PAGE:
Hostel vs. Hotel vs. Airbnb — Which One Is Right For You?
Figuratively speaking, life isn't about the destination — it's about the journey. But when it comes to those precious paid vacation days, a trip almost entirely depends on finding that perfect getaway far from the humdrum of your everyday routine. And where you stay when you get there matters.
The international traveler might consider a hostel, a typically cheaper alternative than a hotel or Airbnb, and generally thought to provide a more authentic experience to tourists looking to fully immerse themselves in the culture of a foreign city. A hostel can be all of these things, or it can be all of the grit with none of the glam.
Hostels are shared living spaces, which can often accommodate dozens of people via bunkbeds and a single communal bathroom. If you're uncomfortable being in such close quarters with strangers (something to consider especially if you're a solo traveler) the hostel experience may be worth skipping.
Still, lodging with strangers is what can make staying in a hostile worthwhile. You'll meet fellow young travelers from around the world who could become fast friends or at least give you some tips on must-see tourist spots. What's more, if you're planning on spending most of your days out and about and are just looking for a place to crash, a hostel could be just the thing. Hostelz.com, which culls hostel ratings and reviews from across the internet, is a great resource for first-time hostelers.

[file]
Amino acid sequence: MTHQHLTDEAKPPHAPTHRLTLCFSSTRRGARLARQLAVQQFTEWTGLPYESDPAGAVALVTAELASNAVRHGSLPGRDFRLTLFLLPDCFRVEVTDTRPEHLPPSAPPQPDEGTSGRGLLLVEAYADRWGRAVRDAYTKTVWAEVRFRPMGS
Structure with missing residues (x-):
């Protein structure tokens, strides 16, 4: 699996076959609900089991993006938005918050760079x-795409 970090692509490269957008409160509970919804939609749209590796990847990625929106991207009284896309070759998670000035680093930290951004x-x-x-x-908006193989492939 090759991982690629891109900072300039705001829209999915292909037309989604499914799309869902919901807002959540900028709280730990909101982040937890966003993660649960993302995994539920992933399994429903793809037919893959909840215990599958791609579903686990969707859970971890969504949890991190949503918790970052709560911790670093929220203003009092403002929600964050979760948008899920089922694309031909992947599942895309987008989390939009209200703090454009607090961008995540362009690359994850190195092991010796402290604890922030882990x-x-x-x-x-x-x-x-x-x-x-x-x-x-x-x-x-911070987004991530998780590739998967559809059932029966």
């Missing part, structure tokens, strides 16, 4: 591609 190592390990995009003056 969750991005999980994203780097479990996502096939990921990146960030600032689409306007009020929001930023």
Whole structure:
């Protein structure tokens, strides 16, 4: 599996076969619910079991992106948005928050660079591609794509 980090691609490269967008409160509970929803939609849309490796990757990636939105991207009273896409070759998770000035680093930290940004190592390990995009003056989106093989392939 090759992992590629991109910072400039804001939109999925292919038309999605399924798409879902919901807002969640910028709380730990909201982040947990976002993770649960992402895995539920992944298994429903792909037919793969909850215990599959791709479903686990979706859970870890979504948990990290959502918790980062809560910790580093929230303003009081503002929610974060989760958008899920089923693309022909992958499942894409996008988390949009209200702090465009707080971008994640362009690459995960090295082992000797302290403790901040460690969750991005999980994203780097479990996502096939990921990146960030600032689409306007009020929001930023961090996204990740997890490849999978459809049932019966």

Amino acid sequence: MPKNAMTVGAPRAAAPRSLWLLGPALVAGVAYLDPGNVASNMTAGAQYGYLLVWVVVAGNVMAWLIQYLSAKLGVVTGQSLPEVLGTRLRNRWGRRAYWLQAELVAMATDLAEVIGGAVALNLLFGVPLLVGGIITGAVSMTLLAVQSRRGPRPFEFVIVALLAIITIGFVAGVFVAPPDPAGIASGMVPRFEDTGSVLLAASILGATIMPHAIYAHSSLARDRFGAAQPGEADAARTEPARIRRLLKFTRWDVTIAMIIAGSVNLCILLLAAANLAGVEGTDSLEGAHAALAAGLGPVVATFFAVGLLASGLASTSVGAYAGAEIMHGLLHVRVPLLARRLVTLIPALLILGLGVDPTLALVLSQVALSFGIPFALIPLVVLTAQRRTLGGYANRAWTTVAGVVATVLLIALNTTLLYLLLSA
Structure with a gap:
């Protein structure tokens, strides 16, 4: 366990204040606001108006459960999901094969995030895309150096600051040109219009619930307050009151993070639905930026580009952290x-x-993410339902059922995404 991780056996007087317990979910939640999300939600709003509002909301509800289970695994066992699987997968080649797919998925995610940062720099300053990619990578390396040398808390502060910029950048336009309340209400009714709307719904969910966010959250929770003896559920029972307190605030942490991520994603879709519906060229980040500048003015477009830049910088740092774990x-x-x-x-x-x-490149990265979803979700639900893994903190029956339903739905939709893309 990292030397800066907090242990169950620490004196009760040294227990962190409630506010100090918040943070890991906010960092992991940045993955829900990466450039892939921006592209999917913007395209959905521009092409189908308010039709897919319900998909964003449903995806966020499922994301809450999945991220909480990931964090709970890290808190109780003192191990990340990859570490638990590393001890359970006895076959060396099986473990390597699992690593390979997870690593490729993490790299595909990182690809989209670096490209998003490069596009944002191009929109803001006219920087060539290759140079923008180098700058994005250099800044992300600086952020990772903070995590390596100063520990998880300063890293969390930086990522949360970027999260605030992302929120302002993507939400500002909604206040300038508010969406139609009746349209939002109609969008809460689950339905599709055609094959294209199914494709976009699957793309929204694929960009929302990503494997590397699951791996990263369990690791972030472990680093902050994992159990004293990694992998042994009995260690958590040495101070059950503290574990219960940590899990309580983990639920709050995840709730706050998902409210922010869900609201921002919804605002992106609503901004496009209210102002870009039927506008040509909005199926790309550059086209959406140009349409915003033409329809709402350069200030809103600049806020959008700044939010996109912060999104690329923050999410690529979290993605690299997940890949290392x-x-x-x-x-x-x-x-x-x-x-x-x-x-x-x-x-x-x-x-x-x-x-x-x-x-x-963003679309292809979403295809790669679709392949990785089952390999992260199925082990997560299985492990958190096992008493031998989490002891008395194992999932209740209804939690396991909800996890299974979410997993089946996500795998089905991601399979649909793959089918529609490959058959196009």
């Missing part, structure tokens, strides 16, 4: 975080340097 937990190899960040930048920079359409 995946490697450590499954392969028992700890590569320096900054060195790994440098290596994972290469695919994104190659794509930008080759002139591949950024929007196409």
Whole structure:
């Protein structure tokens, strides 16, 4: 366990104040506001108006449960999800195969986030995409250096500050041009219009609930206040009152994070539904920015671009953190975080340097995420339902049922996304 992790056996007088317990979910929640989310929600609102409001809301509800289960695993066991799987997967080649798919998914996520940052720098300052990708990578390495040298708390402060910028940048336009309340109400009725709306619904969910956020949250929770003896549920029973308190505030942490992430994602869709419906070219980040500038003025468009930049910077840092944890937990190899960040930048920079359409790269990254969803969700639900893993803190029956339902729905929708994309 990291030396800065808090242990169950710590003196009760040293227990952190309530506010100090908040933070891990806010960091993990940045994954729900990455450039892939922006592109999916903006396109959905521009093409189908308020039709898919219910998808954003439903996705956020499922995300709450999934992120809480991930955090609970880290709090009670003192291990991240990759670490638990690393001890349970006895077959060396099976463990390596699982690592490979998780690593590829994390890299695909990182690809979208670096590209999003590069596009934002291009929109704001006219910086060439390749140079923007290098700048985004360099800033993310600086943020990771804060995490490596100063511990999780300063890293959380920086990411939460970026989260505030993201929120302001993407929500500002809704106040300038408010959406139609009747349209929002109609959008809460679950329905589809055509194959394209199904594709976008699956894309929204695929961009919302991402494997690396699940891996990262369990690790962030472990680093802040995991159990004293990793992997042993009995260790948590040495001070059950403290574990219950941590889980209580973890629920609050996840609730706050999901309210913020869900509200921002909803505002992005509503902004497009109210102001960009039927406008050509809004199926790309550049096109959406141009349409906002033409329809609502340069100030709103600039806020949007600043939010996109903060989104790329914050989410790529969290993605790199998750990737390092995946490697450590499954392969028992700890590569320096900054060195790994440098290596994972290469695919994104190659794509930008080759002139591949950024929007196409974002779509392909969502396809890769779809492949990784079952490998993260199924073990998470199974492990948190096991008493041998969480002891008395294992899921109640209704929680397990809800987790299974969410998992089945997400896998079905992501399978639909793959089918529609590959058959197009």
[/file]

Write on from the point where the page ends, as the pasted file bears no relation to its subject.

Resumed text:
And now, the great debate: hotel or Airbnb?
Before considering an Airbnb — an increasingly appealing and convenient choice as the vacation rental company expands worldwide — there are a few things a traveler should be wary of. The company, which considers itself more of a platform, has been embroiled in complicated politics with cities like New York and San Francisco, as certain users abuse the service to rent out rooms and entire apartments for a length of time which makes them "illegal hotels." The company has also promised to root out discrimination, as in the recent Airbnb host who rejected a renter because she was trans.
But while these headlines can easily leave a bad taste in your mouth, there are plenty of honest and welcoming hosts who bravely open their often luxurious homes to complete strangers. They are the true gems of Airbnb and allow you to feel like a native in a house (flat, houseboat, what-have-you) and city that might otherwise stray far beyond your price range. And it's never too hard to find something affordable right in a city's center — be it within walking distance from Paris' Eiffel Tower, Amsterdam's canals or Madrid's Royal Palace.
Booking your average hotel, though, is almost always a safe bet — and that's OK. Sometimes you just want the simple comforts of room service, the minibar and the heated pool. These conveniences, of course, usually come at a higher price point, but after a long day in a foreign city, a hotel pillow mint may be just what you need.